Language Programs in City Schools Garner Bigger Share of Federal Aid
Large urban school districts are receiving a bigger share of federal money targeted for English-language learners than they did before the No Child Left Behind Act went into effect, according to the Council of the Great City Schools.
Most of 47 urban districts that responded to a survey by the Washington-based council early this year reported that in each of the past two school years, they had received more funding under Title III of the No Child Left Behind Act, which provides money for English-language-acquisition programs, than they did through Title VII of the Elementary and Secondary Education Act.
Title VII was replaced by Title III of the No Child Left Behind law, an overhaul of the ESEA enacted nearly three years ago.
The proportion of funds for English-language learners that is going to large urban districts also expanded.
Those same 47 urban districts, which are members of the council, an advocacy group representing 64 districts, reported that in fiscal 2001, they received 8.8 percent of the money appropriated through Title VII of the ESEA. By contrast, in fiscal 2002, they received 17 percent of Title III funds. In fiscal 2003, their share was 18.9 percent, or more than double what they’d gotten before the No Child Left Behind Act was implemented.
President Bush signed the No Child Left Behind Act into law in January 2002.
The expansion in federal financing to help urban districts serve English-language learners results from an increase in appropriations for such students and a change in how the money is distributed, according to the report of the survey results, which was released last week.
Before the No Child Left Behind Act, schools or school districts received money for English-language learners through a competitive-grant process. Under the law, local districts now receive such funds as formula grants, based on the number of English-language learners they enroll.
For fiscal 2001, the federal government appropriated $610 million for Title VII, while for fiscal 2002, it appropriated $665 million for Title III. In 2003, the amount for Title III was increased by another $20 million.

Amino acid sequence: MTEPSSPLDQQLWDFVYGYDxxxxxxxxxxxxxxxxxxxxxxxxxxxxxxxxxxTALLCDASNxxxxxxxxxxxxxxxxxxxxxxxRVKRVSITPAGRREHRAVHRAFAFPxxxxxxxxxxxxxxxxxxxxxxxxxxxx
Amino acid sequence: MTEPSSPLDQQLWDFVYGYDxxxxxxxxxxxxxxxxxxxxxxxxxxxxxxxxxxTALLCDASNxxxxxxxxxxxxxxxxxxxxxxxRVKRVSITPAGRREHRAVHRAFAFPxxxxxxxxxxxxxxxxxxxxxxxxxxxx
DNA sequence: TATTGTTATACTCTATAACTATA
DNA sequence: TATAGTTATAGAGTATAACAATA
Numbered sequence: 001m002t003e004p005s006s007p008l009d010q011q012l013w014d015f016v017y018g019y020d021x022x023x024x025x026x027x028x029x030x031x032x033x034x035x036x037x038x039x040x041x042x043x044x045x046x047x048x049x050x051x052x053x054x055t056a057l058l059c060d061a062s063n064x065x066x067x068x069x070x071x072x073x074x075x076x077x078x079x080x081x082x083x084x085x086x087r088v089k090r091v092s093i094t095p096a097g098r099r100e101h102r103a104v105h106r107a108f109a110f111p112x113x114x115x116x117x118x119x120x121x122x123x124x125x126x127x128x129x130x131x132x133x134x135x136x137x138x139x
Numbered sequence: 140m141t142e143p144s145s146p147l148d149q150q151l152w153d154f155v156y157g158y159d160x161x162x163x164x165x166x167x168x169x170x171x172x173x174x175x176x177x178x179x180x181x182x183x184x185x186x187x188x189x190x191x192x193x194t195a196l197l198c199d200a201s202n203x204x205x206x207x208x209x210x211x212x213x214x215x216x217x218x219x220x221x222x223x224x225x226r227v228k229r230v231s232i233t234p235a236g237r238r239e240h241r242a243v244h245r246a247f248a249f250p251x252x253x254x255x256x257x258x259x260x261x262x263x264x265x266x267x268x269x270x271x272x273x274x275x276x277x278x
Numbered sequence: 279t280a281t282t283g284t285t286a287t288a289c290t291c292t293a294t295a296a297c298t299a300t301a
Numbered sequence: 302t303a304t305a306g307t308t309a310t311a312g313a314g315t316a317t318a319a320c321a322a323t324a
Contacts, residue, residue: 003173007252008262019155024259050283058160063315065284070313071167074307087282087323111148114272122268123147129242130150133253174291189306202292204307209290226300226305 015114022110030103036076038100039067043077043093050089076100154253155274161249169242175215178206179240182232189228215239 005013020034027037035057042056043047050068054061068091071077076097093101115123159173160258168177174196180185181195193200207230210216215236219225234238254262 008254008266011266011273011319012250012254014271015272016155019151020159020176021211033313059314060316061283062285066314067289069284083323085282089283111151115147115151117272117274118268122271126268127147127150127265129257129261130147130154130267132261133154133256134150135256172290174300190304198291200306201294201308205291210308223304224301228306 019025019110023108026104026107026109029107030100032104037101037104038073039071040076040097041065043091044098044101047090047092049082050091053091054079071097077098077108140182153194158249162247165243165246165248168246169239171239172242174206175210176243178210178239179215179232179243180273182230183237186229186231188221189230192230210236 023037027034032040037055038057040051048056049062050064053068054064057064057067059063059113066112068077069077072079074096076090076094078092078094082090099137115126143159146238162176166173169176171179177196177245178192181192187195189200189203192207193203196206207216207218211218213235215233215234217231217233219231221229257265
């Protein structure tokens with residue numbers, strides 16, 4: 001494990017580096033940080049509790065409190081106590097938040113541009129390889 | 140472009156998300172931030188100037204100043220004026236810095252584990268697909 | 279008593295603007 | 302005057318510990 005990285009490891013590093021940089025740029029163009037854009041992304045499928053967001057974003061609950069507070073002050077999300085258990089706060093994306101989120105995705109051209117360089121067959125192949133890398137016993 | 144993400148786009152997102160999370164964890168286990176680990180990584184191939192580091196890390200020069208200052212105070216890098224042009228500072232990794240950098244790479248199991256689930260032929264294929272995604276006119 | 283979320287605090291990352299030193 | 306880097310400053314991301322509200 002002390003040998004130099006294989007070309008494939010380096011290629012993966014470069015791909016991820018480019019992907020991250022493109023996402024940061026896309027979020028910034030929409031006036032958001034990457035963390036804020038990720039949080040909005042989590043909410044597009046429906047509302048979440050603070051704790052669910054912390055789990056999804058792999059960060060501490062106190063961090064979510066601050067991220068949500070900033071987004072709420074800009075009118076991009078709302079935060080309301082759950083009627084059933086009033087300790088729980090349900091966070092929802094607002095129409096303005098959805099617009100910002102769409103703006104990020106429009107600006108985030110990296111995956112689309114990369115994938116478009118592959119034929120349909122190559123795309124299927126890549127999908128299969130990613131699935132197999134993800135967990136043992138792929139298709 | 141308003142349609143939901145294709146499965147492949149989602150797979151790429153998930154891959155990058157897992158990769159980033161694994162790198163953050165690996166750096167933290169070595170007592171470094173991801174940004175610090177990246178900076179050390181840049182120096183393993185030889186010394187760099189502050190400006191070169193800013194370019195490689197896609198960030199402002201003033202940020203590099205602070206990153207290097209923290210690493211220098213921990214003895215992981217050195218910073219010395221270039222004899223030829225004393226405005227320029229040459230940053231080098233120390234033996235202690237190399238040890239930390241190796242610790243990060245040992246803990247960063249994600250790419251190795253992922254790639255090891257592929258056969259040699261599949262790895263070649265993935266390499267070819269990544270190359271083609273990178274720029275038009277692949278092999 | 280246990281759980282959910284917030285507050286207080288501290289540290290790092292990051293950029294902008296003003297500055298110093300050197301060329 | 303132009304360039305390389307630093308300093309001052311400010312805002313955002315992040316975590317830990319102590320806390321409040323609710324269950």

The Los Angeles Unified School District received a hike in funding for English-language learners with the No Child Left Behind law, said Rita Caldera, the director of the language-acquisition branch for the 750,000-student district.
Los Angeles schools received about $11 million under Title VII. Under Title III, however, the district was granted $23 million for each of the past two school years. This school year, the Los Angeles district, which has 326,000 English-language learners, expects to receive $26 million in Title III funds, according to Ms. Caldera.
Title III Support
The following 10 school districts received the most funds (in millions) under the program in the past two academic years.
|New York City||$26.0||$23.0|
|Broward County, Fla.||4.1||4.5|
|Clark County, Nev.||2.9||2.4|
|SOURCE: Council of the Great City Schools|
Ms. Caldera believes that the change to formula grants rather than competitive grants benefits her district. Because the funding is now channeled through the central office of the district and is for all English-language learners, the district has been able to draw up an action plan for all English-language learners.
“We are implementing professional development for all the teachers across our district,” Ms. Caldera said. “It was something we weren’t able to do before.”
Glynis Terrell, who coordinates programs for English-language learners in the Atlanta public schools, said her district received a little less for each of the past two school years than it had under Title VII. This school year, though, the district expects to receive $320,000, a hike over the $200,000 it received under Title VII in the 2001-02 school year.
About 1,300 of the 51,000 students in Atlanta public schools are English-language learners.
Ms. Terrell views Title III as an improvement over Title VII because the current program spells out new requirements for districts to serve English-language learners and parents. For instance, she said, Title III mandates that districts provide professional development for teachers.
James Crawford, the executive director of the Washington-based National Association for Bilingual Education, said English-language learners are definitely getting more attention in school districts under the No Child Left Behind Act than they did previously.
“My question,” he said, “is whether that attention is beneficial. It could not be beneficial if a lot of programs are dismantled because of these arbitrary achievement targets under the No Child Left Behind Act.”
Under the federal law, schools could for the first time face sanctions for failing to raise the achievement levels of English-language learners.
Vol. 24, Issue 09, Page 10Published in Print: October 27, 2004, as Language Programs in City Schools Garner Bigger Share of Federal Aid